Salvador Anzelmo, a former New Orleans city attorney and three-term state representative known for his forceful personality, political savvy and dedication to civil rights, died Sunday while in hospice care in Deland, Florida. He was 93.
During a legal career that spanned more than six decades, Anzelmo became known for his intellect and a bulldog approach to representing his clients, whether ordinary people or powerful politicians.
After serving in the state House of Representatives, he became an attorney for the Legislature and later the city attorney under Mayor Dutch Morial, whom he met while the two served in the House. He would also represent clients such as East Jefferson General Hospital and the Regional Transit Authority.
In the 1960s he took a stand against segregationist legislation and endured verbal abuse and threats because of his views, said former Mayor Moon Landrieu, who served alongside him in the House.
“He loved public service,” said Tommy Anzelmo, his son. “He was a natural in the Legislature.”
Salvador Anzelmo — known as Sal, Sam or Mr. A — was born in Chicago in 1920. His family moved back to the New Orleans area when he was a boy, first to St. Bernard Parish and later to the city.
A clarinet and saxophone player, he graduated from Warren Easton High School and attended LSU on a music scholarship, Tommy Anzelmo said.
His college career was interrupted by World War II, which saw Anzelmo deployed to London as a musician with the Army.
The staff sergeant was twice wounded and received two Purple Hearts. One of the injuries popped an ear drum, preventing him from properly hearing music and ultimately ending his days as a musician, Tommy Anzelmo said.
While he played for British royalty and during the Potsdam Conference in 1945, at which the leaders of the U.S., Soviet Union and Britain decided on punishment for the defeated Nazi Germany, Anzelmo also played with a quartet fronted by a 12-year-old girl. That child, according to Tommy Anzelmo, was singer Petula Clark, who would go on to be a pop sensation in the 1960s.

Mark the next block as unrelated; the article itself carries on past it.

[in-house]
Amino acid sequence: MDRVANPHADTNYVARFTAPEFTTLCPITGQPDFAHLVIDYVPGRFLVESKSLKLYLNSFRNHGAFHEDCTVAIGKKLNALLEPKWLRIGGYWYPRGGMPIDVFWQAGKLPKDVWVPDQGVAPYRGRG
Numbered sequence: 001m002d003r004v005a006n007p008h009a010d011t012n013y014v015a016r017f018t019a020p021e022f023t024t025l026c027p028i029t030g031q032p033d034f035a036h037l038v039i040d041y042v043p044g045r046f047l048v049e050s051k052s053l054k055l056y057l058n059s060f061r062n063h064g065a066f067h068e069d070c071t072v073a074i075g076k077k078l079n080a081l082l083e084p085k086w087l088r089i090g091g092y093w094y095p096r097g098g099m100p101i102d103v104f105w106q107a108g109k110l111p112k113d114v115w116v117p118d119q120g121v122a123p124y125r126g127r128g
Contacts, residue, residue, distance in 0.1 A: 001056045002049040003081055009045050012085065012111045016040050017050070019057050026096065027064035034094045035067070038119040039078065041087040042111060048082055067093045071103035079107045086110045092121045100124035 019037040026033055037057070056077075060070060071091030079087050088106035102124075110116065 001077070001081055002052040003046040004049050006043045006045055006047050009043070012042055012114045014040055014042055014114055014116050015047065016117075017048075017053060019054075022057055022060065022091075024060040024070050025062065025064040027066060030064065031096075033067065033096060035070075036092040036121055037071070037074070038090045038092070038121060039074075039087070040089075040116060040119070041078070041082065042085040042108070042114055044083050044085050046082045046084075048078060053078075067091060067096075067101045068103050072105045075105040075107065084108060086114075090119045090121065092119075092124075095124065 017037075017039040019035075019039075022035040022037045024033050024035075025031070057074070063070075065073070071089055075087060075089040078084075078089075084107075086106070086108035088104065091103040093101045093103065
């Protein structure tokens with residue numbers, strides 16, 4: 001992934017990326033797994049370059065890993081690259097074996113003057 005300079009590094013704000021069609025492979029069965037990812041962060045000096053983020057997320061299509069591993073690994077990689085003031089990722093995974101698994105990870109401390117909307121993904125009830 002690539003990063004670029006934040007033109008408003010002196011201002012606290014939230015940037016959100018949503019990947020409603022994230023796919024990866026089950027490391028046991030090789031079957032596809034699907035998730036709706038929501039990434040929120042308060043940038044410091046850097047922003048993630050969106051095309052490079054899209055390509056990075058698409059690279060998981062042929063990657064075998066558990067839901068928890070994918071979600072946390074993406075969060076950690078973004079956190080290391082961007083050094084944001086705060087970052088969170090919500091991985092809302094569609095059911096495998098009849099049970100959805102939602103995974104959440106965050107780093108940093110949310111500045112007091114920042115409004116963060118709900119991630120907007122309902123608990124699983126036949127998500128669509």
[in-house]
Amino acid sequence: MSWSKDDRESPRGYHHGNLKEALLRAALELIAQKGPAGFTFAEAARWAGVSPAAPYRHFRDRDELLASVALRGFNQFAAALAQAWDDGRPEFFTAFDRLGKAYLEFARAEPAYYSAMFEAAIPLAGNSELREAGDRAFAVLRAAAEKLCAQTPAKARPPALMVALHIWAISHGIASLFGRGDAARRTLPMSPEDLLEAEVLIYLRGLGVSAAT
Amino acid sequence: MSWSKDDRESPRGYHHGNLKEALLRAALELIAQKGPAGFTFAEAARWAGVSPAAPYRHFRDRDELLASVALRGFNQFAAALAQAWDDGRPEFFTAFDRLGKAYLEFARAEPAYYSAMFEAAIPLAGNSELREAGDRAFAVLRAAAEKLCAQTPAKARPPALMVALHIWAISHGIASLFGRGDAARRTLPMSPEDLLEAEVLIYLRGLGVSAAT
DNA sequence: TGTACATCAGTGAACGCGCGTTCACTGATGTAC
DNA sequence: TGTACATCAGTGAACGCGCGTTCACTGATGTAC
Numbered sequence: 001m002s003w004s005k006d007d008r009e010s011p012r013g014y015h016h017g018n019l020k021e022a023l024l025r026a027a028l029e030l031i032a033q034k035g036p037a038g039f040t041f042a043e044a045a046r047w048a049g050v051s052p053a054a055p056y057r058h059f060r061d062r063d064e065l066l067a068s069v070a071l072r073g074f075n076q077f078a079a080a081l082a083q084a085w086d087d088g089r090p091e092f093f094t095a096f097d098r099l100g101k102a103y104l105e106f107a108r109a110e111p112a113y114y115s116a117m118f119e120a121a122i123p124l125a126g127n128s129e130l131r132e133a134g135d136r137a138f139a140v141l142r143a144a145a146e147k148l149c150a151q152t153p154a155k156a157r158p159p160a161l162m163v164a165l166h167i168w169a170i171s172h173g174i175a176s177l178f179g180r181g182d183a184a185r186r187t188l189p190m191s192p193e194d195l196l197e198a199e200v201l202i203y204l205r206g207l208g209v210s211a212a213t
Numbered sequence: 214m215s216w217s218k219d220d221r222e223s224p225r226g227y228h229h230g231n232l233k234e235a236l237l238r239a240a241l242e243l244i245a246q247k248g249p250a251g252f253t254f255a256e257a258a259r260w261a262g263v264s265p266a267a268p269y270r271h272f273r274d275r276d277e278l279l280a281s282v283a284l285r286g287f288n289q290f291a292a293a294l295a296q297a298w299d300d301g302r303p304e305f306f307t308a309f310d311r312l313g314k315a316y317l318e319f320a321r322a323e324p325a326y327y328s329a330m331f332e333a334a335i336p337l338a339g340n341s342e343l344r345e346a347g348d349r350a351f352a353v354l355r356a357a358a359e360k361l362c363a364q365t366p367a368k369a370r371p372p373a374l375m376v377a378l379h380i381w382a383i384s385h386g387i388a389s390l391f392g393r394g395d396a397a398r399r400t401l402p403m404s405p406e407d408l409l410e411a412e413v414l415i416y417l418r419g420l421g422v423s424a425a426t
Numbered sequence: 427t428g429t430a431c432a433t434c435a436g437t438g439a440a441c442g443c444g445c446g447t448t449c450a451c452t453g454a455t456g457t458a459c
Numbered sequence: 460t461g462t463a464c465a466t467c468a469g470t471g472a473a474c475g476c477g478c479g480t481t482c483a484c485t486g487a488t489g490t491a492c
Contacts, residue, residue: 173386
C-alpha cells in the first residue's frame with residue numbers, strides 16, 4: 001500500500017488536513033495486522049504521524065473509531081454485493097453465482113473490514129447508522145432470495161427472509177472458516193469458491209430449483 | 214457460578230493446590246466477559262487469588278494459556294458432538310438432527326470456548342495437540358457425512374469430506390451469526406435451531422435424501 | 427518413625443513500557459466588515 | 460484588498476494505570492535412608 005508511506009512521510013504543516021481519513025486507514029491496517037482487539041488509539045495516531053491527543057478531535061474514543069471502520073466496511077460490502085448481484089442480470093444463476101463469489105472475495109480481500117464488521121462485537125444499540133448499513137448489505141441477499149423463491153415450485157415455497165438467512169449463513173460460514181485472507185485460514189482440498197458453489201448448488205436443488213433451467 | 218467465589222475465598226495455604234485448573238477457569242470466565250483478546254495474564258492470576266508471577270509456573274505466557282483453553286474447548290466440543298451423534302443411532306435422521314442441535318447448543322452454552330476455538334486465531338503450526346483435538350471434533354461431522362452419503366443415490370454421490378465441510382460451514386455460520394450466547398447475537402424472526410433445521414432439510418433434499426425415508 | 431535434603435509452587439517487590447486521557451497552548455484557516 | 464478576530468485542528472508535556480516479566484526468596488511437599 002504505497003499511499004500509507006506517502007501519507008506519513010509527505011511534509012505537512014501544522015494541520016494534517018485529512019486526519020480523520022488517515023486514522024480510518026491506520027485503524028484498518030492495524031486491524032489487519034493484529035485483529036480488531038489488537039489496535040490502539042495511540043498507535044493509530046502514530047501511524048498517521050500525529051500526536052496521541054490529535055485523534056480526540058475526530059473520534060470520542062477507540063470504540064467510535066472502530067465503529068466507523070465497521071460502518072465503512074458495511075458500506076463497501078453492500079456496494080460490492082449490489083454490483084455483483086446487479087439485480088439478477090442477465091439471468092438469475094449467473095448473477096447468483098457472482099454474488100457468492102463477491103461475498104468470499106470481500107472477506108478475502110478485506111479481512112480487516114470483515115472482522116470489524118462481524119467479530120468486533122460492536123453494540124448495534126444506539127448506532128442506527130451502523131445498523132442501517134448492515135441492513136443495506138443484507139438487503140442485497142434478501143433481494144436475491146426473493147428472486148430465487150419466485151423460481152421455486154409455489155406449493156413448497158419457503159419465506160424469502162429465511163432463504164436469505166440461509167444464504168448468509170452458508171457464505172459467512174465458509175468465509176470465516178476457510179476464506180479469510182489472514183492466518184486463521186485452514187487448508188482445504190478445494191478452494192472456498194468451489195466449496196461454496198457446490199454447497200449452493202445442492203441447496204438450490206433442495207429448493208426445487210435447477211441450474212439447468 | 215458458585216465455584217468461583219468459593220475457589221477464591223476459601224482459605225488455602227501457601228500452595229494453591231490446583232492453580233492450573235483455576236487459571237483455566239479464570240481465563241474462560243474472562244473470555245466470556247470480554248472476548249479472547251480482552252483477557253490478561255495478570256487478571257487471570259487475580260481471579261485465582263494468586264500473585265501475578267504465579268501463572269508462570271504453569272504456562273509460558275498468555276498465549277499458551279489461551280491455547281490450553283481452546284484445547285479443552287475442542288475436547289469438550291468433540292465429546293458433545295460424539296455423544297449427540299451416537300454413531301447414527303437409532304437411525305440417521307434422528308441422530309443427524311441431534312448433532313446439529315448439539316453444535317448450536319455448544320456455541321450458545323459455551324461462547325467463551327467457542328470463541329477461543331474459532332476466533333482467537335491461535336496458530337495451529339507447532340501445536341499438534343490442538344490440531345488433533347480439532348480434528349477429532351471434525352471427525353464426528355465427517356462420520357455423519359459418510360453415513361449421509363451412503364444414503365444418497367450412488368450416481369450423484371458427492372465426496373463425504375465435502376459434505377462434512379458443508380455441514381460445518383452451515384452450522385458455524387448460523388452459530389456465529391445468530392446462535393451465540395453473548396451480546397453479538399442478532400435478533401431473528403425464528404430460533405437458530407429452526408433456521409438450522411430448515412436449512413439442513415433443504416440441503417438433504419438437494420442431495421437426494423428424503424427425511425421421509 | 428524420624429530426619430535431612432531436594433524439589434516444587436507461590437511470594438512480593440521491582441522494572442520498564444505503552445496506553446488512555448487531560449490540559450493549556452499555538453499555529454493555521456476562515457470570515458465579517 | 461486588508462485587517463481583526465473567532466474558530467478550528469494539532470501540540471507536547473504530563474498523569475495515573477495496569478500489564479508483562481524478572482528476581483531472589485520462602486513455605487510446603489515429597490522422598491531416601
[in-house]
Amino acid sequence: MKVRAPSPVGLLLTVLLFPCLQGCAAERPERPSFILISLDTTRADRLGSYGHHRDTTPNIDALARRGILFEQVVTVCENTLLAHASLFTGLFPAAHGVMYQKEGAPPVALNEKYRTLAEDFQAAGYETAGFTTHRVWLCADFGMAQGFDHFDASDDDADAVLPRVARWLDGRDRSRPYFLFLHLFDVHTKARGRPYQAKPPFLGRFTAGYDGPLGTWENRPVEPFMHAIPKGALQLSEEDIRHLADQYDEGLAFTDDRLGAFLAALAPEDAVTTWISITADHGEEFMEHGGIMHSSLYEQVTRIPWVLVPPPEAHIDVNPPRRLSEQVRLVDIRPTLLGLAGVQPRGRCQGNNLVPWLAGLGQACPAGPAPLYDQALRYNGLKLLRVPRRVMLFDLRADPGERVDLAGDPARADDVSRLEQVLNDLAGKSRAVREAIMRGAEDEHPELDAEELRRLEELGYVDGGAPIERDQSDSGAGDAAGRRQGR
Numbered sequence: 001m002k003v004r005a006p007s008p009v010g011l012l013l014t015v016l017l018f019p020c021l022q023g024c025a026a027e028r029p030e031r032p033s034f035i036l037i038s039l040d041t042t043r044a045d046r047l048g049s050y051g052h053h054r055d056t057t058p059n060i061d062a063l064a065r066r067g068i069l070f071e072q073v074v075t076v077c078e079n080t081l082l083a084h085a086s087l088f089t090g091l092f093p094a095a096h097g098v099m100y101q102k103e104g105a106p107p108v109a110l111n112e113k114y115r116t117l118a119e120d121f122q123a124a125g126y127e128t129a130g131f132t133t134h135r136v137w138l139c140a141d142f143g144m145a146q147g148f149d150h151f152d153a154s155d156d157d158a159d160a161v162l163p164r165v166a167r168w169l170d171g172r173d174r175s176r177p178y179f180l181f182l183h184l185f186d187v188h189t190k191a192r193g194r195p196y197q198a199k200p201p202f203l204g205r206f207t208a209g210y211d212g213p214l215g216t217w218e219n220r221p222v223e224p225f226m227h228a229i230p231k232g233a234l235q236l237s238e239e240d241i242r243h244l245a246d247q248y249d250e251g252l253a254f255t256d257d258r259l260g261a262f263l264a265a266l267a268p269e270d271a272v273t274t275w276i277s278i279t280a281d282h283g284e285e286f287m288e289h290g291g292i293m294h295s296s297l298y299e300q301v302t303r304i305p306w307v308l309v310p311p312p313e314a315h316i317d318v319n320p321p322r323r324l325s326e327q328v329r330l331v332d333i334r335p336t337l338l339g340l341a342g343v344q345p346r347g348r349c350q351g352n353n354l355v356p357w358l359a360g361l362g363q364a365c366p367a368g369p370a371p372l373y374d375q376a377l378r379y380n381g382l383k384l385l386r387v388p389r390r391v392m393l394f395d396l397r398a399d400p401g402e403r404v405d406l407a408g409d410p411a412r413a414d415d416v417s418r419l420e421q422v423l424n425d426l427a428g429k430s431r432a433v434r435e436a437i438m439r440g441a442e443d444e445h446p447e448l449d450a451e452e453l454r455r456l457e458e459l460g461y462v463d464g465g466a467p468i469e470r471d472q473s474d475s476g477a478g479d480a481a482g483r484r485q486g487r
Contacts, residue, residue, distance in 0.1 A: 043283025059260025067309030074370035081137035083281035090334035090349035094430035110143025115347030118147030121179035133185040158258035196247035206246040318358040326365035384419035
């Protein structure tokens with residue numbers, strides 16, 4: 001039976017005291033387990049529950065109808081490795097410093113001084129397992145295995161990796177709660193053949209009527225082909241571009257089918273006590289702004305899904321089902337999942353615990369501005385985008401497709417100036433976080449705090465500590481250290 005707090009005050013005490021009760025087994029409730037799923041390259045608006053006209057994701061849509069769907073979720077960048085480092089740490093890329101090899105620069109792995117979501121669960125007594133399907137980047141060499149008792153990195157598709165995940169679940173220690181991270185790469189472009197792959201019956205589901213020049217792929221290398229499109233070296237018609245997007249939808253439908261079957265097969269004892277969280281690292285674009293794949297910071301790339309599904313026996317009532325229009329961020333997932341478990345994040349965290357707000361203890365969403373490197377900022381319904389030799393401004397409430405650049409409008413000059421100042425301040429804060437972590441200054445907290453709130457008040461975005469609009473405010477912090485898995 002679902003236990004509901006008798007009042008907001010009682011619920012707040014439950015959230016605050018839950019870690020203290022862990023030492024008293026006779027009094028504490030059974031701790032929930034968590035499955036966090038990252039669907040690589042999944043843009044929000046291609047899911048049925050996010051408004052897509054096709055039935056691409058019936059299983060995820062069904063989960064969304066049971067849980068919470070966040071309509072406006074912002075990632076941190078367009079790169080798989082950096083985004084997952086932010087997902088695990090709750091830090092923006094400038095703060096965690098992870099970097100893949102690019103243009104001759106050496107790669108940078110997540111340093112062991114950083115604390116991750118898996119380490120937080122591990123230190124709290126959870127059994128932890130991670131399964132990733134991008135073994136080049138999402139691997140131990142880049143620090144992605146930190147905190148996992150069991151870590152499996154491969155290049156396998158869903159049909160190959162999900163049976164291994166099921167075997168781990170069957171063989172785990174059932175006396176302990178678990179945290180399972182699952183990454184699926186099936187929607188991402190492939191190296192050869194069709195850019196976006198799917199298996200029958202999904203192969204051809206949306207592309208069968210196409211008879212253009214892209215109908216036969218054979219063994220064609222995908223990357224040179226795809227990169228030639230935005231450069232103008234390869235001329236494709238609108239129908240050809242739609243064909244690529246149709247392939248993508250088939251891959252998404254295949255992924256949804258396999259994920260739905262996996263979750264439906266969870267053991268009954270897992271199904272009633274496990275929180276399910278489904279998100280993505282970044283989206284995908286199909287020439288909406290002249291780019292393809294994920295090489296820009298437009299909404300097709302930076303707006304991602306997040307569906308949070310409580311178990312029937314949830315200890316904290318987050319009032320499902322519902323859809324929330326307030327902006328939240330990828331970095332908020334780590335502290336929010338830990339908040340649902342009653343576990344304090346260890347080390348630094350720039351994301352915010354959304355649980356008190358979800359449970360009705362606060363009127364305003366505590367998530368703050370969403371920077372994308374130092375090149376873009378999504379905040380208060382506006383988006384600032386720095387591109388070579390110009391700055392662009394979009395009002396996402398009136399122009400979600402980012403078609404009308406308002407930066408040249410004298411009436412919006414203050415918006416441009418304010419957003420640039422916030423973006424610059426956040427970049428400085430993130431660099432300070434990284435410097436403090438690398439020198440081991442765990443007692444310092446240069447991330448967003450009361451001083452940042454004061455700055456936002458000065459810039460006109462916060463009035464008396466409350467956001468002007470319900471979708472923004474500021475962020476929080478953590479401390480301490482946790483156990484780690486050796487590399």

Following the war, Salvador Anzelmo graduated from Loyola Law School in 1950. He would practice law for six decades.
He served in the House of Representatives from 1960 to 1972.
His first term began as Gov. Jimmie Davis called a special session to try to block court-ordered desegregation of New Orleans public schools. He and Landrieu were the only two representatives to vote against a barrage of segregationist legislation. Landrieu said legislators “just went crazy” after the session began, introducing “every bill you could imagine to maintain segregation.”
As someone with an Italian background who grew up during a time when Italians bore the brunt of some racist attacks, Anzelmo understood the plight of minorities, leading to his anti-segregation views, Landrieu said.
“He was really a rock. He held his ground despite some unbelievable criticism and threats on his life,” Landrieu said. “Sam stood up virtually on a daily basis and opposed the obnoxious legislation that was being proposed.”
Despite his views, Anzelmo was still respected among those who did not agree with him politically because of his steadfast demeanor, Landrieu said.
Anzelmo served as the city attorney during seven of Morial’s eight years in office.
He led the city’s legal department during a time that saw frequent battles between Morial and the City Council, where a so-called “gang of five” often thwarted Morial’s agenda. That strained relationship led the council to take the unprecedented action of hiring its own attorney, Okla Jones II. Jones succeeded Anzelmo as city attorney after Sidney Barthelemy — one of the “gang of five” — was elected mayor after Morial.
Anzelmo is survived by his wife, Fran; four children, Tommy Anzelmo, Don Anzelmo, of Monroe, Jean Borne and David Anzelmo; two stepdaughters, Terry Stewart, of Deland, and Tonya McAdam, of Durham, N.C.; six grandchildren; and three great-grandchildren.
He will be buried with military honors at 11 a.m. Friday at Florida National Cemetery in Bushnell, Florida.
A memorial service will be conducted locally June 14 at St. Rita Catholic Church, 7100 Jefferson Highway. Visitation will begin at 9 a.m., with eulogies at 10:30 a.m. A Mass will follow at 11 a.m.